Film Reviews

Session 9 (2001) – Blu-ray Review

Brad Anderson’s Session 9 is a movie that deserves to be far more well known than it is. Released in 2001, it didn’t exactly rake in the big bucks. Failing to find mainstream success, it has however, gone on to be a firm cult classic. Second Sight, purveyors of lovely limited edition releases (Revenge, Raw, Dawn of the Dead and many more), have done their bit to help the film find a new set of fans, with a release that’s packed full of new interviews and features.

Starring Peter Mullan (Children of Men, Braveheart) as Gordon, David Caruso (CSI: Miami, NYPD Blue) as Phil, and Josh Lucas (The Lincoln Lawyer, Ford v. Ferrari) as Hank, it tells the story of a crew sent in to remove asbestos from a run down asylum. Gordon runs the crew and is assisted by Phil, Hank, Mike (Stephen Gevedon – War of the Worlds, Smoke) and his nephew Jeff (Brendan Sexton III – Russian Doll, Boys Don’t Cry). Each of the crew is dealing with their own issues as work commences. Gordon is having trouble at home following an incident with his wife and daughter, Hank has gambling problems, and Jeff is pathologically afraid of the dark, to name but a few.

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Mike finds a box of audio tapes containing recorded sessions with one particular patient, Mary Hobbes, and begins listening to them as the days pass and the work continues. In the sessions, the doctor is attempting to understand Mary’s various personalities, while coaxing out details of a crime she carried out before being committed to the hospital. As Mike works through the sessions, odd things happen around the site. One of the team goes missing, they encounter shadowy figures, and what seemed to be a simple, straight-forward job spirals deeper and deeper into violence and madness.

First off, this film looks great. This Blu-ray release is a delight for the eyes, with minimal apparent tampering to the colour grading. It looks just like the DVD release, only without the standard-def petroleum jelly smear all over the TV screen. One thing to note is that they filmed the movie using Sony HD camcorders rather than traditional film cameras, so it looks and feel almost like a shot-for-TV movie, an effect made more pronounced by the lovely clean-up job. It sounds great too, with the opening sting as sharp and intense as lemon juice in a wound. Hats off to composers Robert Millis and Jeffery Taylor (seen here under the moniker Climax Golden Twins) for their excellently discordant work on the soundtrack. It’s stood the test of time.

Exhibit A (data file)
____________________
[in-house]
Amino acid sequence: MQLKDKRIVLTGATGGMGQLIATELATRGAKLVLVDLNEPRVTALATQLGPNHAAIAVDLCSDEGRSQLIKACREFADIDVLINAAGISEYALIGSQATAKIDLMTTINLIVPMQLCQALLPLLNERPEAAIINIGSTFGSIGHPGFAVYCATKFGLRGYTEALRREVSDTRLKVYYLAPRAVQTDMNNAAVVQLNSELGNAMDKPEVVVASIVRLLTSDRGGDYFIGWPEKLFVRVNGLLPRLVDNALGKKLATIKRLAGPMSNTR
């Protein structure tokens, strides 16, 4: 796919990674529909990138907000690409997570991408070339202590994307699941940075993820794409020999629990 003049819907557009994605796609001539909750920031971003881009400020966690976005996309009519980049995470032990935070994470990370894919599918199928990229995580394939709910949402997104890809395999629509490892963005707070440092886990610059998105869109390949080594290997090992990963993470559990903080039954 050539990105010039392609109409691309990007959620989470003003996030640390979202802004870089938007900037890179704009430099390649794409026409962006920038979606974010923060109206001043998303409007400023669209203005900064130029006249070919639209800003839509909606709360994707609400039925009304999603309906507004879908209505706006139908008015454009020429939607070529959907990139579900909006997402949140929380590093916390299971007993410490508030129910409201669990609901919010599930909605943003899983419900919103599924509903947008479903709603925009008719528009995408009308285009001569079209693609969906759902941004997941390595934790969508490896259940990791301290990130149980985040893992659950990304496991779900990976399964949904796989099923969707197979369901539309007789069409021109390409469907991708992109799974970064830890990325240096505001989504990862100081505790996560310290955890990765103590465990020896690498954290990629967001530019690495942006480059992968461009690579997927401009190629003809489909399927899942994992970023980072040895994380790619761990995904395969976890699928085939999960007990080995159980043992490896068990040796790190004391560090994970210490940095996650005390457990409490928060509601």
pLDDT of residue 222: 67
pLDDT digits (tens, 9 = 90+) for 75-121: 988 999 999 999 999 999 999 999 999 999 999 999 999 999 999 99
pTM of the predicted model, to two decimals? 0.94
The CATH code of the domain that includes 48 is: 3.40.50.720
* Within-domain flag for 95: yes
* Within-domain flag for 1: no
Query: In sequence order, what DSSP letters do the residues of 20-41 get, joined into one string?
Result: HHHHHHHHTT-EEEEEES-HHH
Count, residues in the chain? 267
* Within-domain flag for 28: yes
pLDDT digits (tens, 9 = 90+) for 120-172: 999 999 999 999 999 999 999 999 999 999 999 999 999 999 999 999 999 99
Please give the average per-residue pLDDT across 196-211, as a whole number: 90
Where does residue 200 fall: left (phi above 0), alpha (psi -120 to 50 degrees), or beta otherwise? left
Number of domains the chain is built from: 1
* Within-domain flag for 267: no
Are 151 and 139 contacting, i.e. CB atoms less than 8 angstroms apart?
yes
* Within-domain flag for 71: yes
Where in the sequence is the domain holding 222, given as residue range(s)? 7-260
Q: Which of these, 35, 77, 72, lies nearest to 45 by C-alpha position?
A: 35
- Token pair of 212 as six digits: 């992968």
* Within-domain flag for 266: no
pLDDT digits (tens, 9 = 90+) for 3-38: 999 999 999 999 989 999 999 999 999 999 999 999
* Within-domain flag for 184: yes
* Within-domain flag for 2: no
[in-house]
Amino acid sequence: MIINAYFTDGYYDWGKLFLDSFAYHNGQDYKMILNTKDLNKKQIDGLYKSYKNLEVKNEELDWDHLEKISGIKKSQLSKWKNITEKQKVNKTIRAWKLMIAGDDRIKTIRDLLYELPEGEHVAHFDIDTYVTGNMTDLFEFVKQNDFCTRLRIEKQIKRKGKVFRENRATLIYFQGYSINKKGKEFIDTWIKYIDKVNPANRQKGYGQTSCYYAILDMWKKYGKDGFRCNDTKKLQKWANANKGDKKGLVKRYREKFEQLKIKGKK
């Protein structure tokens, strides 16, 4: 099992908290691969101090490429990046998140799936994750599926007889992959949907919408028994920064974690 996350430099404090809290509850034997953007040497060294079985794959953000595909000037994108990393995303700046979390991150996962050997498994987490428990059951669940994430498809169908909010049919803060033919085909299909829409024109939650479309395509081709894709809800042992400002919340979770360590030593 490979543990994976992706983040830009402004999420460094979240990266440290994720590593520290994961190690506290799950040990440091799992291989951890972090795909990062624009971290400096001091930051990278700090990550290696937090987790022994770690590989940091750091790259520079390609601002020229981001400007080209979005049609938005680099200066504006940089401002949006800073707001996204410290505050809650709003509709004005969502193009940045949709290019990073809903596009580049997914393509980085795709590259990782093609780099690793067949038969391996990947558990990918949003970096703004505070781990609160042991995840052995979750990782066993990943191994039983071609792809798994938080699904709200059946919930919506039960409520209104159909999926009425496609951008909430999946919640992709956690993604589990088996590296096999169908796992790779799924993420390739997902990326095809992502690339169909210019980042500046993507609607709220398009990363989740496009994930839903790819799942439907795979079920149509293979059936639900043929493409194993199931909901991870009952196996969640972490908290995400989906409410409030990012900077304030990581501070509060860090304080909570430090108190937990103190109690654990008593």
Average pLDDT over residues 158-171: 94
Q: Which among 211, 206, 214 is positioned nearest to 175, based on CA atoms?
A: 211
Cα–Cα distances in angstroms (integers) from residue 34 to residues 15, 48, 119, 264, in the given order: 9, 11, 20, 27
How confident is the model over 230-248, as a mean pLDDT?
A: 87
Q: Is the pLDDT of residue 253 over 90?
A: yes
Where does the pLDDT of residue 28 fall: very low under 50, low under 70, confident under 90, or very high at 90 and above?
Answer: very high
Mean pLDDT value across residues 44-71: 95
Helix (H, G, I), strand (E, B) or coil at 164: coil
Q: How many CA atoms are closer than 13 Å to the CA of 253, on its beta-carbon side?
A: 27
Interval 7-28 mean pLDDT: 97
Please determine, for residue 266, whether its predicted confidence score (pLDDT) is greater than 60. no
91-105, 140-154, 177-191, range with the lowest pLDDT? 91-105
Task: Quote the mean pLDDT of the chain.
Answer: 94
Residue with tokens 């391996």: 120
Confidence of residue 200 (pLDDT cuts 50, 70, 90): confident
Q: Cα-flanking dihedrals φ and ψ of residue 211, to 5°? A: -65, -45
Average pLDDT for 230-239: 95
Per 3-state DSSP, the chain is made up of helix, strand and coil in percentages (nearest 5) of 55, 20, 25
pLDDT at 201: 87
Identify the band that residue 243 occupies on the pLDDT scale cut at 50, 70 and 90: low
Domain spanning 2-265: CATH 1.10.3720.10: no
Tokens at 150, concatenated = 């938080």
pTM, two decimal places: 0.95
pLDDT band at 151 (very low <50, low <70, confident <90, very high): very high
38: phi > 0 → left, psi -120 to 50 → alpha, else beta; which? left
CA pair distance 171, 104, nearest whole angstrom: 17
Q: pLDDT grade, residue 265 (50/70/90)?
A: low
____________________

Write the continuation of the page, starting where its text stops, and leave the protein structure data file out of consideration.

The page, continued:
With a plethora of new special features on this release, it’s great to see that Second Sight has made sure not to neglect what’s gone before. Everything that was on the original UK release is on here, but they didn’t stop there, oh no. There’s plenty here for any horror fan hungry for behind-the-scenes information about Session 9. There’s a new audio commentary with Mike White and Jed Ayres, and an episode of Horror’s Hallowed Grounds which goes back to look at the original location where the movie was filmed. No longer a psychiatric hospital, but luxury apartments! There’s also ‘Return to Danvers’, which features interviews with cast and crew reminiscing about the making of the film and the impact it’s had on the horror genre since then.

Disc 1 contains the film and the bulk of the special features, with Disc 2 being made up of all-new interview segments which are quite interesting to watch. ‘A Twisted Collage’, featuring Alexandra Heller-Nicholas, is an in-depth look at the use of both photographic and cinematographic collages within Session 9 and was my personal favourite of these new segments.

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This Limited Edition boxset also comes with a rather pretty slipcase featuring new artwork by Christopher Shy, which pays tribute to the original design and to Session 9‘s infamous restraint chair, which features heavily in the opening moments of the film. It also includes a book with new essays by Charles Bramesco, Simon Fitzjohn and Alexandra Heller-Nicholas that includes some lovely behind-the-scenes photos. There are even six collectors’ postcards, which are nice enough, but nothing massively special. The cards mostly feature stills from scenes in the movie rather than any new art, though one of them is a print of the new box art.

Session 9 remains a criminally overlooked classic of claustrophobic, psychological horror, and one can only hope that this lovely new release from Second Sight will bring it the new fans it deserves.

Session 9 is out now on Limited Edition Blu-ray from Second Sight Films.

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